Home > An Englishman In Australia > An RIP, a lethargic start, and a cacophony of FA Cup emotions

An RIP, a lethargic start, and a cacophony of FA Cup emotions

The most frustrating thing about Stoke on Saturday is that we started so sluggishly.  We were up against a team of genuine quality, but allowing them to totally dominate us proved suicidal.   We did however score two brilliant goals.  Hopefully Jonesy’s blast will bolster his confidence and lead him and us to a bright finish to the season.  Despite having spent most of the first half frantically trying (and usually failing) to clear the ball, at half time we were only 2-3 down and alive in the game.  For large spells of the second half we matched our opponents.  We imposed ourselves on the game and kept the ball well in their half.  We couldn’t quite force an equaliser and our spirited resurgence proved  fruitless.  The truly costly aspect of the game was the lethargic start.  For most of the first half we were dreadful, and for that reason it’s hard  to feel that we really deserved anything from the game.

Sadly, Friday April 15th marks the 22nd anniversary of the Hillsborough disaster.   Policing at football grounds has, for many years, been a sore point amongst supporters.   It was  former Deputy Chief Constable of Greater Manchester Police John Stalker in the 80s who said he was aware that many police knew that football matches were one time they were “Let off the leash”.      On the 31st January1989  we had an FA Cup replay at Barnsley. Thousands of Stoke supporters arrived late due to traffic congestion.   Outside the ground a crush developed and people were getting hurt.  Initial action was to send a police horse running in to the crowd which  only added to the chaos.   To ease the congestion the police opened one of the huge exit gates which allowed the crowd  to get into the game for free. This was the response  the same force used two months later at Hillsborough.  Had there been more Stoke supporters on the away terrace that night we could have suffered that awful disaster.    Same situation, same police force, same reaction.   We, like all football supporters, were actually riding our luck,  not just on that  night, but for years before.   There was very little consideration for the issue of crowd safety over crowd control.  It could have been any of us  with the loss of life…..  and the same scandalous tabloid allegations.  RIP the 96.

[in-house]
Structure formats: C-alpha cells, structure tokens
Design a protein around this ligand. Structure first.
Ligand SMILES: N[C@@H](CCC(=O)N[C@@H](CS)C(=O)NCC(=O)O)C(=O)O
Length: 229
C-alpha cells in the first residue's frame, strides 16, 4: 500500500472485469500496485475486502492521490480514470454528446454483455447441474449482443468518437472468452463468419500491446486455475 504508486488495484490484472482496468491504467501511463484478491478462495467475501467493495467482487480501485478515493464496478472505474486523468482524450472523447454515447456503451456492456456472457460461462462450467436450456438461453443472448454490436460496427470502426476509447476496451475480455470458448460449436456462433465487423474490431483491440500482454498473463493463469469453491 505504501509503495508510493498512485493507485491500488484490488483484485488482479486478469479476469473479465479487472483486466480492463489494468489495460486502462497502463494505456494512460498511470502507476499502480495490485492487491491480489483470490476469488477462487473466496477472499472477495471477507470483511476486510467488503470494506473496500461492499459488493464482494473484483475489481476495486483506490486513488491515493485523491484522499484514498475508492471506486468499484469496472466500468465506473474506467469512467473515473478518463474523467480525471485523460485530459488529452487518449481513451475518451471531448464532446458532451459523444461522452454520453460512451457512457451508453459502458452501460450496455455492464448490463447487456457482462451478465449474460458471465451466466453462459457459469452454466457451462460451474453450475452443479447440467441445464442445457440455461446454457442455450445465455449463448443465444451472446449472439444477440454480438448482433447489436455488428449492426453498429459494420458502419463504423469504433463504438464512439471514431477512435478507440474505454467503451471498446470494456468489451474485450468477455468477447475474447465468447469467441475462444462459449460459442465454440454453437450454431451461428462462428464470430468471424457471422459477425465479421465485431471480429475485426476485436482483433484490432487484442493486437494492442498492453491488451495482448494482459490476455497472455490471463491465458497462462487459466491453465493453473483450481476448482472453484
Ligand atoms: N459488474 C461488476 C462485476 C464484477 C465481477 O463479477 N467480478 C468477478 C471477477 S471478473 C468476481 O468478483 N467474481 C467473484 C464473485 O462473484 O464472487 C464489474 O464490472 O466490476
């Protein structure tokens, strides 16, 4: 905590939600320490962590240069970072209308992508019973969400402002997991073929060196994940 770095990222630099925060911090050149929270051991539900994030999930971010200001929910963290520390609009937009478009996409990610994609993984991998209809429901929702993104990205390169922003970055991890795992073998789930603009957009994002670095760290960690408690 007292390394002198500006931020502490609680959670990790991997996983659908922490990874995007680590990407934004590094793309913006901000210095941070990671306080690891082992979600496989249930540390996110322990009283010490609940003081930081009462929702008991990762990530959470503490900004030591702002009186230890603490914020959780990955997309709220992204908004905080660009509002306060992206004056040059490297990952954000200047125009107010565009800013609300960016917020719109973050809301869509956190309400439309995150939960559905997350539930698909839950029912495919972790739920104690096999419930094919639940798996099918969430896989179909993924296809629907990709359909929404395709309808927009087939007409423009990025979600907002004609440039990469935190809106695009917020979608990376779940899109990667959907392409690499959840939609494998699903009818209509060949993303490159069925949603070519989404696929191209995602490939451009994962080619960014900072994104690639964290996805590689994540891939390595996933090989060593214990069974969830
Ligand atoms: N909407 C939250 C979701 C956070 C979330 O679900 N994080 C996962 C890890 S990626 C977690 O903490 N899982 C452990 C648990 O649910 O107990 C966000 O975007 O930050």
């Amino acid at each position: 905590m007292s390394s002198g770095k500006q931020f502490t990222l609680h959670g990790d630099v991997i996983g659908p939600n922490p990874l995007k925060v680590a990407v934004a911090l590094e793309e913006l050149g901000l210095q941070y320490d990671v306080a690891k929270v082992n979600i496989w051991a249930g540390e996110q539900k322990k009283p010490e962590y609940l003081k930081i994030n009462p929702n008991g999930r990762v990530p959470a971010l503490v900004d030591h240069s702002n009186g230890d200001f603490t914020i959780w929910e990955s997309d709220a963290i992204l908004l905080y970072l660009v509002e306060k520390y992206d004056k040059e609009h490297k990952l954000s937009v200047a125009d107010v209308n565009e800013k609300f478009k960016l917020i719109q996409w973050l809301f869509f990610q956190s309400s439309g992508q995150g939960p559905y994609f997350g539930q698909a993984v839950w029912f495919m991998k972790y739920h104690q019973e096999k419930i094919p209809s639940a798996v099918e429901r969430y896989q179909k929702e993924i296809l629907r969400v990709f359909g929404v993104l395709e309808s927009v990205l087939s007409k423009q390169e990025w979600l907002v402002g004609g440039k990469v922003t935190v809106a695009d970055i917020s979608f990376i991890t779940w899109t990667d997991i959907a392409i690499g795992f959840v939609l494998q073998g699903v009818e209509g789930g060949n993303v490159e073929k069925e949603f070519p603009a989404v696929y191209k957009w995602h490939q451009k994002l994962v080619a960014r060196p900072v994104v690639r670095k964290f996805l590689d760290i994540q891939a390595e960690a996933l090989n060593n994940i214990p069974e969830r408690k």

Paul Gascoigne and Jimmy Greaves will soon be touring the UK with a roadshow.  This will consist of them both telling stories from their playing careers and discussing openly their well publicised alcohol problems.  The end of the shows will consist of no-holds-barred question and answer sessions.  Showing admirable resilience Greaves has been tee total since 1978.  Paul Gasciogne’s story however has been a much more painful one.   Living out his traumas in the full glare of the media couldn’t have helped him.  I can’t be the only one to fear the worst when seeing his name in a headline.  It is however pleasing to learn that he’s been dry since Christmas.  Hopefully Gazza’s found himself a new focus that can help maintain his sobriety and prevent his life from unravelling again.